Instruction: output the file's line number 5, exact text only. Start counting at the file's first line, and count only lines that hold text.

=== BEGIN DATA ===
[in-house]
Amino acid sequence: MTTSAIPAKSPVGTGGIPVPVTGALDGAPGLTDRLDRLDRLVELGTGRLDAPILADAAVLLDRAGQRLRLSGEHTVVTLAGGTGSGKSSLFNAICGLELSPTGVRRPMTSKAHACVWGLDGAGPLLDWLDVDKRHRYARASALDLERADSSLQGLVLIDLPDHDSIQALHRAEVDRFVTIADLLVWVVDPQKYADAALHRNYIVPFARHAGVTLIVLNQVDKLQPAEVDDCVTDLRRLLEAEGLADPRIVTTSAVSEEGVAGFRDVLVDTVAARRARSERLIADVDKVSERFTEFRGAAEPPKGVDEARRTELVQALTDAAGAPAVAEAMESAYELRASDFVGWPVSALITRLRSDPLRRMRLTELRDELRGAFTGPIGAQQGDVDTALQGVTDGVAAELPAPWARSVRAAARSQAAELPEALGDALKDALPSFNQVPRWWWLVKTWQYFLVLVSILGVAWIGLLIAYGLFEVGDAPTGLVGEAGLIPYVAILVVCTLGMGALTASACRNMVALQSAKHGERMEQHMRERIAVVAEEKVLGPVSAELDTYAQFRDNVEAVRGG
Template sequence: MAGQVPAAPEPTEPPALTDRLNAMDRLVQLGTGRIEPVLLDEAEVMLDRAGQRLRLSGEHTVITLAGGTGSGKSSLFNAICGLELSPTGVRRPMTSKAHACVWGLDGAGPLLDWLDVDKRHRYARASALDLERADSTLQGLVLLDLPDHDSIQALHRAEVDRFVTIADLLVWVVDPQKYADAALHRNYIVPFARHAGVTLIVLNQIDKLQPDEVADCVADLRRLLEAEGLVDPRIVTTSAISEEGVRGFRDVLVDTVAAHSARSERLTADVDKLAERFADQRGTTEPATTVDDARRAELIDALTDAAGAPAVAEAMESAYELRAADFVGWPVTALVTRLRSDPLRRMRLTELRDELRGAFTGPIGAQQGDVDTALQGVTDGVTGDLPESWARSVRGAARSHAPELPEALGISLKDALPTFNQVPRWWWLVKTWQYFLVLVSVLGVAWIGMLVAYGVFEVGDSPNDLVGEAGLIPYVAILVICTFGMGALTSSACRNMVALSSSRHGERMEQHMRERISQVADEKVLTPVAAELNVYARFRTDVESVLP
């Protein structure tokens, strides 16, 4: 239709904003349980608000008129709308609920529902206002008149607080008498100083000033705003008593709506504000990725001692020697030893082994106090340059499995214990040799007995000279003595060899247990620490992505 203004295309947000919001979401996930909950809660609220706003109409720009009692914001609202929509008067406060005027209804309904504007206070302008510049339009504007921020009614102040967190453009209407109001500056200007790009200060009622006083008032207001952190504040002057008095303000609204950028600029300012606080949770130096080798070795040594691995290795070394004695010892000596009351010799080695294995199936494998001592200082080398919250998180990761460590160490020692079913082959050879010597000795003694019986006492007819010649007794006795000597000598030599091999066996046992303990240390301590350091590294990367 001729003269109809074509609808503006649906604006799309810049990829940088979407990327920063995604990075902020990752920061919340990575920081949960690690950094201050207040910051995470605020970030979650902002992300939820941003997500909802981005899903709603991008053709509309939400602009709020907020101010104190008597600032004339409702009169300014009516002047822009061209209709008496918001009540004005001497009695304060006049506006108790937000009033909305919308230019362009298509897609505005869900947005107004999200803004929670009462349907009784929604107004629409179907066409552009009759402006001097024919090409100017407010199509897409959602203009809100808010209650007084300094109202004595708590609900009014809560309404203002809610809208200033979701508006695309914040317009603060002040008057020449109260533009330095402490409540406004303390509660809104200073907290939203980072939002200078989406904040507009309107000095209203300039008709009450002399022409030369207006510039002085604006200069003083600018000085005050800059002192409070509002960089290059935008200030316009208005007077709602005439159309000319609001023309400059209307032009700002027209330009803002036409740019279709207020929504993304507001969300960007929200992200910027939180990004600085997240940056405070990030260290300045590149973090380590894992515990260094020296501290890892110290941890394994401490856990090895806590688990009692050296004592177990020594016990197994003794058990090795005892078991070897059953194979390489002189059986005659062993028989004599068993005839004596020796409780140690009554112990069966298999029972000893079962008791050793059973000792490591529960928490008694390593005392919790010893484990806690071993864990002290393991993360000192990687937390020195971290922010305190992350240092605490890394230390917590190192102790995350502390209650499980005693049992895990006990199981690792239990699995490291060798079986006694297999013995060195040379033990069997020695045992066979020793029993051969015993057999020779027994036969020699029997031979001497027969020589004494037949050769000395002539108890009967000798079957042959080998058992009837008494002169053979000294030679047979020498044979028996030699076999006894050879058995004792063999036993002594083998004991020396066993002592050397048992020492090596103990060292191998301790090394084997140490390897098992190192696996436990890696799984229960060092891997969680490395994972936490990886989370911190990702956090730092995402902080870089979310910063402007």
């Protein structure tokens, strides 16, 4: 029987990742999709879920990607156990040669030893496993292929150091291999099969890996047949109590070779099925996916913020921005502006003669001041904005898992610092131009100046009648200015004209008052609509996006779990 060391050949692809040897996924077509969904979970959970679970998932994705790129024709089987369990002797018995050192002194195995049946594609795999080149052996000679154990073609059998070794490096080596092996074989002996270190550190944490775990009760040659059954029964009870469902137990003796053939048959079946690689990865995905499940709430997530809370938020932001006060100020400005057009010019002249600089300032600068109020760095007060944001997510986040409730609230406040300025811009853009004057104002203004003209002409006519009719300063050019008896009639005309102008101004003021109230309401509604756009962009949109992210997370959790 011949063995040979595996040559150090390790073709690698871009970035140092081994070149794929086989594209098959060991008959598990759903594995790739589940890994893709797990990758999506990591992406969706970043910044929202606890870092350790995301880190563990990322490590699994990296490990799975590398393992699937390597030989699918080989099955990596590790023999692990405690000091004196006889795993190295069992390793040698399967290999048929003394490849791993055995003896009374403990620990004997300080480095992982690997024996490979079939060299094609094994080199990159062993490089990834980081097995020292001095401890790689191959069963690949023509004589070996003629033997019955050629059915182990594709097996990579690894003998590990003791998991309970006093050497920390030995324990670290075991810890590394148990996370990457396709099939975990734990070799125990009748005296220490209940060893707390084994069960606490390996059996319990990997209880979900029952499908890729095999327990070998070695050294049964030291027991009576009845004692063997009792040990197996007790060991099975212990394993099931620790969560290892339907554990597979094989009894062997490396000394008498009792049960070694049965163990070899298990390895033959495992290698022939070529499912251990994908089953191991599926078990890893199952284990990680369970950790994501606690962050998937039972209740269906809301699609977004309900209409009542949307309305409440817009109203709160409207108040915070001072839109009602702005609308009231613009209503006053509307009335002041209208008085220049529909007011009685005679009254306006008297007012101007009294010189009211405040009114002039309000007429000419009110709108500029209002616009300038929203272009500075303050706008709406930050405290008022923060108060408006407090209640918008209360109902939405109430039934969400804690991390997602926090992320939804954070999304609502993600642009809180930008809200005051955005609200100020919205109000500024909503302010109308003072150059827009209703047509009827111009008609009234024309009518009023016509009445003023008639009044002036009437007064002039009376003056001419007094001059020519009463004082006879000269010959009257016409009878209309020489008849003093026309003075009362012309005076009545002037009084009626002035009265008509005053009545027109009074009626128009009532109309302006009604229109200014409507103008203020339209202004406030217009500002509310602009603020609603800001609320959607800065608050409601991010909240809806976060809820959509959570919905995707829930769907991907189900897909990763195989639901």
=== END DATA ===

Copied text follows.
């Protein structure tokens, strides 16, 4: 029987990742999709879920990607156990040669030893496993292929150091291999099969890996047949109590070779099925996916913020921005502006003669001041904005898992610092131009100046009648200015004209008052609509996006779990 060391050949692809040897996924077509969904979970959970679970998932994705790129024709089987369990002797018995050192002194195995049946594609795999080149052996000679154990073609059998070794490096080596092996074989002996270190550190944490775990009760040659059954029964009870469902137990003796053939048959079946690689990865995905499940709430997530809370938020932001006060100020400005057009010019002249600089300032600068109020760095007060944001997510986040409730609230406040300025811009853009004057104002203004003209002409006519009719300063050019008896009639005309102008101004003021109230309401509604756009962009949109992210997370959790 011949063995040979595996040559150090390790073709690698871009970035140092081994070149794929086989594209098959060991008959598990759903594995790739589940890994893709797990990758999506990591992406969706970043910044929202606890870092350790995301880190563990990322490590699994990296490990799975590398393992699937390597030989699918080989099955990596590790023999692990405690000091004196006889795993190295069992390793040698399967290999048929003394490849791993055995003896009374403990620990004997300080480095992982690997024996490979079939060299094609094994080199990159062993490089990834980081097995020292001095401890790689191959069963690949023509004589070996003629033997019955050629059915182990594709097996990579690894003998590990003791998991309970006093050497920390030995324990670290075991810890590394148990996370990457396709099939975990734990070799125990009748005296220490209940060893707390084994069960606490390996059996319990990997209880979900029952499908890729095999327990070998070695050294049964030291027991009576009845004692063997009792040990197996007790060991099975212990394993099931620790969560290892339907554990597979094989009894062997490396000394008498009792049960070694049965163990070899298990390895033959495992290698022939070529499912251990994908089953191991599926078990890893199952284990990680369970950790994501606690962050998937039972209740269906809301699609977004309900209409009542949307309305409440817009109203709160409207108040915070001072839109009602702005609308009231613009209503006053509307009335002041209208008085220049529909007011009685005679009254306006008297007012101007009294010189009211405040009114002039309000007429000419009110709108500029209002616009300038929203272009500075303050706008709406930050405290008022923060108060408006407090209640918008209360109902939405109430039934969400804690991390997602926090992320939804954070999304609502993600642009809180930008809200005051955005609200100020919205109000500024909503302010109308003072150059827009209703047509009827111009008609009234024309009518009023016509009445003023008639009044002036009437007064002039009376003056001419007094001059020519009463004082006879000269010959009257016409009878209309020489008849003093026309003075009362012309005076009545002037009084009626002035009265008509005053009545027109009074009626128009009532109309302006009604229109200014409507103008203020339209202004406030217009500002509310602009603020609603800001609320959607800065608050409601991010909240809806976060809820959509959570919905995707829930769907991907189900897909990763195989639901």